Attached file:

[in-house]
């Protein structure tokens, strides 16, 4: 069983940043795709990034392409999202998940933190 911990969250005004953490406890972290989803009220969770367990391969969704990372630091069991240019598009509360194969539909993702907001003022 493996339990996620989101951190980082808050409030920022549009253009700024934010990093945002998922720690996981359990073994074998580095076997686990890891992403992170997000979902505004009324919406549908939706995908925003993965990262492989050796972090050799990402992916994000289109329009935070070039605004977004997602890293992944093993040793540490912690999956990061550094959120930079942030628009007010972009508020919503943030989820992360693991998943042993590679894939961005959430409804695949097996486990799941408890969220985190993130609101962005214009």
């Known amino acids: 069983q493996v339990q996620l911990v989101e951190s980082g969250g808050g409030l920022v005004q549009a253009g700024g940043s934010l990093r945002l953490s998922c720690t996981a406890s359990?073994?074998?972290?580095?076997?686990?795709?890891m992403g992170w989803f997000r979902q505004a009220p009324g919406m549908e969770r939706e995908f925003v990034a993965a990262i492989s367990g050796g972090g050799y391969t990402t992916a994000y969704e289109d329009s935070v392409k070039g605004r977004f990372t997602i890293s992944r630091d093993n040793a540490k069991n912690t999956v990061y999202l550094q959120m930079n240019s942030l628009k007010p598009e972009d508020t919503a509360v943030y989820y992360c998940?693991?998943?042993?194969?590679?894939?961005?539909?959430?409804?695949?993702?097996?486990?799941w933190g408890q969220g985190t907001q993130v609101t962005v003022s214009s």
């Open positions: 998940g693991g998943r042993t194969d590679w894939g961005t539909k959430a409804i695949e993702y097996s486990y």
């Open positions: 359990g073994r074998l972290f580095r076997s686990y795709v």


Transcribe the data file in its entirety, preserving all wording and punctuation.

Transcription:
[in-house]
């Protein structure tokens, strides 16, 4: 069983940043795709990034392409999202998940933190 911990969250005004953490406890972290989803009220969770367990391969969704990372630091069991240019598009509360194969539909993702907001003022 493996339990996620989101951190980082808050409030920022549009253009700024934010990093945002998922720690996981359990073994074998580095076997686990890891992403992170997000979902505004009324919406549908939706995908925003993965990262492989050796972090050799990402992916994000289109329009935070070039605004977004997602890293992944093993040793540490912690999956990061550094959120930079942030628009007010972009508020919503943030989820992360693991998943042993590679894939961005959430409804695949097996486990799941408890969220985190993130609101962005214009």
């Known amino acids: 069983q493996v339990q996620l911990v989101e951190s980082g969250g808050g409030l920022v005004q549009a253009g700024g940043s934010l990093r945002l953490s998922c720690t996981a406890s359990?073994?074998?972290?580095?076997?686990?795709?890891m992403g992170w989803f997000r979902q505004a009220p009324g919406m549908e969770r939706e995908f925003v990034a993965a990262i492989s367990g050796g972090g050799y391969t990402t992916a994000y969704e289109d329009s935070v392409k070039g605004r977004f990372t997602i890293s992944r630091d093993n040793a540490k069991n912690t999956v990061y999202l550094q959120m930079n240019s942030l628009k007010p598009e972009d508020t919503a509360v943030y989820y992360c998940?693991?998943?042993?194969?590679?894939?961005?539909?959430?409804?695949?993702?097996?486990?799941w933190g408890q969220g985190t907001q993130v609101t962005v003022s214009s």
């Open positions: 998940g693991g998943r042993t194969d590679w894939g961005t539909k959430a409804i695949e993702y097996s486990y």
């Open positions: 359990g073994r074998l972290f580095r076997s686990y795709v």